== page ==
Sheringham & Holt – Tales of Sea and Land
Follow Upper Sheringham’s siren call to seek a tragic mermaid in an ancient church. Her song forever silenced, she’s carved into a pew, turned to wood. Discover her sad story, then head to enchanting Sheringham Park where historic landscaping reveals glorious vistas of the silver sea. Enjoy a night at the seaside town’s Little Theatre and, next day, take the steam train to Holt, whose elegant Georgian market place rose from the ashes of a terrible fire. Now it’s full of fabulous independent shops and places to stay including 15th century Byfords, a rare survivor of the fire. And while you’re in town, can you find Blind Sam?
On a sandbank off Sheringham, a mermaid sang to the wandering stars, forlorn and all alone. One winter night it seemed her searching voice heard an answering call. Echoing through the streets came the sweet sound of human voices raised in harmony amid cascading peals of church bells. Enchanted, she hauled herself onto the pebble beach. Her silvery fish’s tail was cumbersome in the cold air, but the singing was so beautiful she dragged her body inch by inch over the rough streets and into the church.
But these were fishing folk and mermaids are unpredictable creatures, agents of both fortune and disaster, changeable as the sea. Besides, they have no immortal soul. So the people were afraid and cast her out.
When they’d gone, she crept back into the church. And she’s there still. At All Saints in Upper Sheringham you’ll find a mermaid carved into the end of a 15th century pew. Perhaps angels took pity on the sea nymph’s lonely heart and, as wooden figureheads guide ships to harbour, they brought her safely home.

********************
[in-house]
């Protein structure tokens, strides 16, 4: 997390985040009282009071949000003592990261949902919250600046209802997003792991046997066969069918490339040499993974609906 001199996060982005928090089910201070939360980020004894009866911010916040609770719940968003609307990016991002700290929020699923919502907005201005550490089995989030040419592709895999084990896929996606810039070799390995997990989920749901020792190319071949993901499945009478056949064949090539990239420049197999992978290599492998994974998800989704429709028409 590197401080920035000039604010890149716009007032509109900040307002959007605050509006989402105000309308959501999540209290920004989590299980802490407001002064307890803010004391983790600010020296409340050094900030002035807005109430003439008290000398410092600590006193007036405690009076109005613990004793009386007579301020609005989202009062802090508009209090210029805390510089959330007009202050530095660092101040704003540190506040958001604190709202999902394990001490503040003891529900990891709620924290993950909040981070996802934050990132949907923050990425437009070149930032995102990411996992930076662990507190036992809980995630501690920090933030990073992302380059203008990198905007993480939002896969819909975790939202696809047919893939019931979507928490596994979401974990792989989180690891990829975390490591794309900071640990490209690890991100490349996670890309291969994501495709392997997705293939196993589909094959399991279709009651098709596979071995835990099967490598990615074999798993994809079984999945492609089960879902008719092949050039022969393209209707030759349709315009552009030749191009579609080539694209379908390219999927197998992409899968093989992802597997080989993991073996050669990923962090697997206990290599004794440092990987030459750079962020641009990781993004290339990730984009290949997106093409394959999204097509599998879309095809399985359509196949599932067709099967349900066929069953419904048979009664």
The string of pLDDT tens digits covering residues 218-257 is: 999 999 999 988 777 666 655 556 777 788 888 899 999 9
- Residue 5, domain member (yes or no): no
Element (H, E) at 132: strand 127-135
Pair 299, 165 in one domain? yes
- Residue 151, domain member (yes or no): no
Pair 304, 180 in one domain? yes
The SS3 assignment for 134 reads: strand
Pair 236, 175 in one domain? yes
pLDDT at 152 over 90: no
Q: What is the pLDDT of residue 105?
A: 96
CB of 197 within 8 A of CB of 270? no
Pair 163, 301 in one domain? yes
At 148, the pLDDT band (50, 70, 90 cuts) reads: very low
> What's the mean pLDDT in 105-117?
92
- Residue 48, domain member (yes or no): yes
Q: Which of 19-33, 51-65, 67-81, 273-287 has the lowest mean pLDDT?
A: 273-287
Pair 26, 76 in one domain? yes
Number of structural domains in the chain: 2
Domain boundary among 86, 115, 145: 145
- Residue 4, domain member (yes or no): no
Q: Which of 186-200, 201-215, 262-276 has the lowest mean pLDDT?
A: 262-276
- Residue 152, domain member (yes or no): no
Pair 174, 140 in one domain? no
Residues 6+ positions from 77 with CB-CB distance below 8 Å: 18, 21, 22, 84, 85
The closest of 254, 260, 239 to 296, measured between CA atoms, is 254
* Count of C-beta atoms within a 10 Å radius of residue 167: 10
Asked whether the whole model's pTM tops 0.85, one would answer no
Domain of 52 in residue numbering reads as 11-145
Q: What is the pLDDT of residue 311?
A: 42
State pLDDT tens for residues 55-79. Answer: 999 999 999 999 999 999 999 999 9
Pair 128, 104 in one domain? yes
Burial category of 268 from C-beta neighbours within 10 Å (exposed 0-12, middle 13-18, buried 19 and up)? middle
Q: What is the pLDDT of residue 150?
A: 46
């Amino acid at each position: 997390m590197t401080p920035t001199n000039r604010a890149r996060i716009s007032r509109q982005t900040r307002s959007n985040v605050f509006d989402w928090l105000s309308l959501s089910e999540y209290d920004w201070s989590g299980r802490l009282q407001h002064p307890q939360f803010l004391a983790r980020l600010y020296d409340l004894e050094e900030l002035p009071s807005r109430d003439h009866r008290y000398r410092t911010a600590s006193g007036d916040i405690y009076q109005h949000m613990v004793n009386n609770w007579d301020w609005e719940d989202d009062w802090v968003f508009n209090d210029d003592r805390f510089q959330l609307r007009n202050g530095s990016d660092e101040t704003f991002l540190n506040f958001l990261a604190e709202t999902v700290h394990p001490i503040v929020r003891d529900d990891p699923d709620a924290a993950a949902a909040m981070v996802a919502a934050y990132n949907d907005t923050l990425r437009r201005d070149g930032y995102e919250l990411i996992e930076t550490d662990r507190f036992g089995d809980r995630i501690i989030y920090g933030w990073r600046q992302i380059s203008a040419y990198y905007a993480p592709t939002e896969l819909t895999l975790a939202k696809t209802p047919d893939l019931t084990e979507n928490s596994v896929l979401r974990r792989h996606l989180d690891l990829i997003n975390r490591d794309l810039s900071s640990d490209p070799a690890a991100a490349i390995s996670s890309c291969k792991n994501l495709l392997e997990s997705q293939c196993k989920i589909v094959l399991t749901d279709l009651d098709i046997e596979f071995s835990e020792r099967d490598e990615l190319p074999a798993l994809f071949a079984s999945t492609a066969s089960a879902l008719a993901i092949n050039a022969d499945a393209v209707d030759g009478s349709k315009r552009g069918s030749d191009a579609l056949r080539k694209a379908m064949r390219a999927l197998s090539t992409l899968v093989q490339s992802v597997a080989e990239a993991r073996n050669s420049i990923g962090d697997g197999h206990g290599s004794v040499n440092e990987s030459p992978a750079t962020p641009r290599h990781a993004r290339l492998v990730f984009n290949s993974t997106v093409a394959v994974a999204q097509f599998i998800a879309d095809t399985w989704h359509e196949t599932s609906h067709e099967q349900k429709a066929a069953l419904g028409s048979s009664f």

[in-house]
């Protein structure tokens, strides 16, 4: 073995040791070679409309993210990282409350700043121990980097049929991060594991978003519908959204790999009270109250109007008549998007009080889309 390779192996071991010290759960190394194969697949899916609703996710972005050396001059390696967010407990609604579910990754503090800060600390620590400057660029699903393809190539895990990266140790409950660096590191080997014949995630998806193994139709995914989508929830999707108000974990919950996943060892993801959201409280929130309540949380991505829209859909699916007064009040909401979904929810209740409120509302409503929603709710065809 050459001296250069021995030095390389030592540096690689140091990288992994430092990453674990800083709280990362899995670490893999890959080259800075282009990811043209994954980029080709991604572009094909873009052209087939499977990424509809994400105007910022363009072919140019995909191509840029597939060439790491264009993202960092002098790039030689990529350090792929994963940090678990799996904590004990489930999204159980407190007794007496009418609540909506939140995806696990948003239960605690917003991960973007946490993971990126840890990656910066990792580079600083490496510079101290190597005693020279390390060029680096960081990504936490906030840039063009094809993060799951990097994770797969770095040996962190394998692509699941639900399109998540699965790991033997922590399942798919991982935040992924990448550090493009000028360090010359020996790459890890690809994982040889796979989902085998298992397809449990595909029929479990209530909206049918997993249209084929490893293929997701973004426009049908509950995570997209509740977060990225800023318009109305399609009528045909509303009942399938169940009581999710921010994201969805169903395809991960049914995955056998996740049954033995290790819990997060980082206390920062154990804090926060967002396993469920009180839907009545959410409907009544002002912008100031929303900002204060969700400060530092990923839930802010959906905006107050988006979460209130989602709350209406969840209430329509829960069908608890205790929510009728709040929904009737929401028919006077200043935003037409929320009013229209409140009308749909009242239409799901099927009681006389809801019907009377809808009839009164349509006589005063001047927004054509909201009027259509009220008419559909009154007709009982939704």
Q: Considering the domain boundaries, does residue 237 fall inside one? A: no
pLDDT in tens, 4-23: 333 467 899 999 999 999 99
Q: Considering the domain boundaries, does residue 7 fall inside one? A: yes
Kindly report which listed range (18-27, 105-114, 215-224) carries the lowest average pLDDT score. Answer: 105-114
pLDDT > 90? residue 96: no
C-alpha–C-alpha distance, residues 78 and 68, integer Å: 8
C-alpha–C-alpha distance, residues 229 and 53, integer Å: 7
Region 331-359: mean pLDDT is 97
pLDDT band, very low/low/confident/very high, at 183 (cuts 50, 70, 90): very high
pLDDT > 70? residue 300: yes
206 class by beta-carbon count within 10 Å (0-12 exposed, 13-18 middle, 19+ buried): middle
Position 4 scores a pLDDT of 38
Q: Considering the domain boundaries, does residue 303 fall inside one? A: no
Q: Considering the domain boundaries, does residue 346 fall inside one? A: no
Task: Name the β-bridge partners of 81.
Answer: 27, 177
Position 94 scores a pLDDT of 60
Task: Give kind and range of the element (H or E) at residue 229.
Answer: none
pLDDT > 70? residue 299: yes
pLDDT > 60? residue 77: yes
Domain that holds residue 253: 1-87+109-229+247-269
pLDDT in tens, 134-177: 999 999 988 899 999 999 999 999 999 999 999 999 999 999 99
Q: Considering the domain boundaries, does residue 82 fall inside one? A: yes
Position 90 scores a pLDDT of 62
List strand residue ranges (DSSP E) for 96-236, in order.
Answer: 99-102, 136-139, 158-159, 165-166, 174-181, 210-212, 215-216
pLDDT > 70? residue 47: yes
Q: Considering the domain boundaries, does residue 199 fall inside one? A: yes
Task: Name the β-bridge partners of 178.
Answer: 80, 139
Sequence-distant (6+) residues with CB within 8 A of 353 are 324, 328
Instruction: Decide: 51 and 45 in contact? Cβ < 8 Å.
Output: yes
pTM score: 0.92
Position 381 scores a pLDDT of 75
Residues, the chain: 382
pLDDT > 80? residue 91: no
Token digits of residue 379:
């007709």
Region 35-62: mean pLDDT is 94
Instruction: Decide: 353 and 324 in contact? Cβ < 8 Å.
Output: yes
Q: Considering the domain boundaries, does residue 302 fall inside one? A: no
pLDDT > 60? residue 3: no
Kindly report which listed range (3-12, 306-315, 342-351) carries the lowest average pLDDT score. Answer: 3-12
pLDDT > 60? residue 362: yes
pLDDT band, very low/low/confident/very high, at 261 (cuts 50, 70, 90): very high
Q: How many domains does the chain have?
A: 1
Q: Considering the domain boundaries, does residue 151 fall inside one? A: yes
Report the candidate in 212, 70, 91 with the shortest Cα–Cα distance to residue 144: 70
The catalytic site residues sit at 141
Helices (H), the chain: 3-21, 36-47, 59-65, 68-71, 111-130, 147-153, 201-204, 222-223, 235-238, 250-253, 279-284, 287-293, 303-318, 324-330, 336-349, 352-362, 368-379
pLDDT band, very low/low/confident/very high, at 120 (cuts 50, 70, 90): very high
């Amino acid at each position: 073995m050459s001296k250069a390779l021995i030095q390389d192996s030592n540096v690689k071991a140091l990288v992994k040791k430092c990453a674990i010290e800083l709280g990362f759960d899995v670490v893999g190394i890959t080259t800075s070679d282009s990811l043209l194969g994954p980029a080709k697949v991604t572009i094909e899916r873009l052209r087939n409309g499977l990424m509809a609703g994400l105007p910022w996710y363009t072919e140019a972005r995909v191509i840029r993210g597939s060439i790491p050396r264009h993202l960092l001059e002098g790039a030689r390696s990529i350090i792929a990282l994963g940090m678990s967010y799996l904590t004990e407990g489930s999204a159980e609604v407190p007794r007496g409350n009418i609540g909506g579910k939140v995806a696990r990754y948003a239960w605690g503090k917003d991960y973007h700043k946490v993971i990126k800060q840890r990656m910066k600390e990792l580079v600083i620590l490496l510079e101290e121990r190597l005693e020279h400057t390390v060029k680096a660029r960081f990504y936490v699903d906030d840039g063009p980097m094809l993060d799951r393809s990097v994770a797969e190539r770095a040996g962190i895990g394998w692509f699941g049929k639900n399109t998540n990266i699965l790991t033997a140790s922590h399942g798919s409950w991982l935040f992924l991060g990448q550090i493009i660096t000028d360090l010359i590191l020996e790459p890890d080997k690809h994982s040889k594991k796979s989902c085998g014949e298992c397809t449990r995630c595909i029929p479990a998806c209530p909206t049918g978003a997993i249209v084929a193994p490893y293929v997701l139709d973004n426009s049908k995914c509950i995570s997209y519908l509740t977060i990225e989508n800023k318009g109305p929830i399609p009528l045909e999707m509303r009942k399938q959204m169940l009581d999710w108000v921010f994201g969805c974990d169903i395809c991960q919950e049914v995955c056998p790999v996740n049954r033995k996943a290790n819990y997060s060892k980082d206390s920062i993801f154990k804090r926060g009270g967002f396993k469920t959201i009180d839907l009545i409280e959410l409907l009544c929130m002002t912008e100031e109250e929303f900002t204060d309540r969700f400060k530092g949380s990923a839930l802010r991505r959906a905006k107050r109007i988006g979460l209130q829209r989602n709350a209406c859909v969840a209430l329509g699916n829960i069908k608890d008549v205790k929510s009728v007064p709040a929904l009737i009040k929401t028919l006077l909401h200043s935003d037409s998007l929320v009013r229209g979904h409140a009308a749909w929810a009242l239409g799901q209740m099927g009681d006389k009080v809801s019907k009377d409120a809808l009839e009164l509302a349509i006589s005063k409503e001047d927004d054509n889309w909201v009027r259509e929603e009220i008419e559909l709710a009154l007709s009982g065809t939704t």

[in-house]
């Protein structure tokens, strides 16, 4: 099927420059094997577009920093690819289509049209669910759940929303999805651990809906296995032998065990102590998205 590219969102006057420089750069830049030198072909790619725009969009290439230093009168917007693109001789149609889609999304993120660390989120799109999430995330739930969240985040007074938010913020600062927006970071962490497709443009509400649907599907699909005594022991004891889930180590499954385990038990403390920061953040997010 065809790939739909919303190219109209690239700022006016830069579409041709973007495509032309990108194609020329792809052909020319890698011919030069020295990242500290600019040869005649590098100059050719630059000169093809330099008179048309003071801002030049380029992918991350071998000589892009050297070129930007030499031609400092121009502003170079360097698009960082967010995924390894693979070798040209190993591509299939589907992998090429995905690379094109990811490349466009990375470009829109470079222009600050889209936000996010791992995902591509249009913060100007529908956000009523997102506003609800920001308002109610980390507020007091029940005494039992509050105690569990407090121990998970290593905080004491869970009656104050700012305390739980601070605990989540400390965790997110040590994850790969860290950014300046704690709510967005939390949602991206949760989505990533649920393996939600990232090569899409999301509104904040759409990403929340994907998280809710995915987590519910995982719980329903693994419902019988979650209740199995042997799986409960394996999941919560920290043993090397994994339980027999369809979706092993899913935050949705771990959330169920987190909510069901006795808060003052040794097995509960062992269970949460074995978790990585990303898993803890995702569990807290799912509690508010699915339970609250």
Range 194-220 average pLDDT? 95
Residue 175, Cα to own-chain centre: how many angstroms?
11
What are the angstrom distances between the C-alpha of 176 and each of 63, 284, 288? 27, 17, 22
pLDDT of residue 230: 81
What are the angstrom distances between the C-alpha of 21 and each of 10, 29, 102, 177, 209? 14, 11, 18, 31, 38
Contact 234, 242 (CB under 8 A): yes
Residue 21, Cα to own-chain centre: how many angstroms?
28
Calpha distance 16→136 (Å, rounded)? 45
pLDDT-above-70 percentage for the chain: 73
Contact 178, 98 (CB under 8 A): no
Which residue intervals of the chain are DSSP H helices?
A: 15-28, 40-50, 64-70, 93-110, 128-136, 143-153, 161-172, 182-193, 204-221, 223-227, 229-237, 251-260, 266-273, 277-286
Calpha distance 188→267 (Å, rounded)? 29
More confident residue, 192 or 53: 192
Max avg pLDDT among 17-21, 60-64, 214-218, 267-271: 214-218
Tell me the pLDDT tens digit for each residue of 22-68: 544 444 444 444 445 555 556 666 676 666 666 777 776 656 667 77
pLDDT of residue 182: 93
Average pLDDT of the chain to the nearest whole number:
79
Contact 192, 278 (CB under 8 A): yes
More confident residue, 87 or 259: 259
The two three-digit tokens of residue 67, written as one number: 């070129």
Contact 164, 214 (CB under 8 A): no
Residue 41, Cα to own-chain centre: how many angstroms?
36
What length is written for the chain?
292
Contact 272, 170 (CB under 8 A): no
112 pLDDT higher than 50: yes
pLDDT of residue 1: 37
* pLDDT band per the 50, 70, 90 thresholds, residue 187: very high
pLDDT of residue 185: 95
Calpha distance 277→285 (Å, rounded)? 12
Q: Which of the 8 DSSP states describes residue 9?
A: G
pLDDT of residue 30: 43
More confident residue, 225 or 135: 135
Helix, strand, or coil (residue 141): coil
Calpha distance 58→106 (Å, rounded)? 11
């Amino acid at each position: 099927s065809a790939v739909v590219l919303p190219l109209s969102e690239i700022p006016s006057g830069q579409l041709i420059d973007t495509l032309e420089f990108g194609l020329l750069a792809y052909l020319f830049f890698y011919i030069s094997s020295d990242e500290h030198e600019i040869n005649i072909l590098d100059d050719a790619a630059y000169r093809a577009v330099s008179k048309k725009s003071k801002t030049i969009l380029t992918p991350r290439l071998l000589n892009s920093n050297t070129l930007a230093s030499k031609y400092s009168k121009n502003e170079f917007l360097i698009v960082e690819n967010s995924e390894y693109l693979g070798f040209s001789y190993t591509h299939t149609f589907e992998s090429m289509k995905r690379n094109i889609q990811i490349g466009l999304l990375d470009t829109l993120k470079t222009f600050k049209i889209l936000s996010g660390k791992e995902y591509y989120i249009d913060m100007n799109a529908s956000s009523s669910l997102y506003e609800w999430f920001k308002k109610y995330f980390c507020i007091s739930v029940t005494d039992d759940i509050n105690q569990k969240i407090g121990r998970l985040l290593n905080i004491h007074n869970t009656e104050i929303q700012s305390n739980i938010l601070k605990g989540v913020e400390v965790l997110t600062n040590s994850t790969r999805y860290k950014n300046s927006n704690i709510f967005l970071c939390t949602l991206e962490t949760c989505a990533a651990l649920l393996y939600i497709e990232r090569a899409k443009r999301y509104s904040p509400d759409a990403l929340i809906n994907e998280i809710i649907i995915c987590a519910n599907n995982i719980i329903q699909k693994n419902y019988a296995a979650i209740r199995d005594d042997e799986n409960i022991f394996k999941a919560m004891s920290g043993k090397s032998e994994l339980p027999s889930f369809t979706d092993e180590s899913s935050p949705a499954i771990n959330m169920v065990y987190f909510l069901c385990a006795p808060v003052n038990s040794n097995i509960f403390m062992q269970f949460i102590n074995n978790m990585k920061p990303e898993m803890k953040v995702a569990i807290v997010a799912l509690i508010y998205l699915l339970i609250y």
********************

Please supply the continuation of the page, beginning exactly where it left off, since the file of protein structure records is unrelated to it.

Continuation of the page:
If you want to be sure of getting home safely, listen for the Yow Yows. That’s Sheringham’s term for a sudden squall, named after uncanny sounds shifting across the waves before storms strike. Some say it’s the drowned voice of an old sea captain still cursing local fishermen who let him perish. If you hear cries of eternal distress, return immediately to shore, for his warning is an omen of doom
Looking for Norfolk’s best winter walks? Try Sheringham Park. Rolling over nearly 1,000 acres of landscaped parkland and wooded glades it was designed by Humphry Repton to frame some of Britain’s most magnificent sea views.
Repton’s landscape proposals of 1812 are documented in one of his famous red leather books of which only 200 survive. He wrote ‘Sheringham possesses more natural beauty and local advantages than any other place I have ever seen’. Thus enchanted, Sheringham Park stands as one of the finest examples of Humphry Repton’s work and vibrant source of inspiration for landscape designers. Many of his plans were implemented by others, but Sheringham is true to Repton’s original vision; perhaps that’s why it was one of his favourites.
Paths meander through magical woodlands, farmland and down to coastal cliffs, glorious walking all year round. In late spring, shiny evergreen rhododendrons burst into gorgeous bloom, starred with abundant azaleas. Hot pink, bright orange, sassy purple, aflame with showy reckless energy. No wonder the Victorians associated them with danger as well as passion and abundance! See the clouds of vibrant colour from the tree-top tower which gives a 360º view of the park.
Four routes explore different aspects of this idyllic Victorian landscape. Time the Red Route to meet the steam train at Weybourne Station for a heritage ride back to Sheringham. Sheringham Park is brilliantly accessible for disabled visitors, with hearing loops, large print maps, Braille guides, wheelchairs and battery powered vehicles available at the Visitor Centre.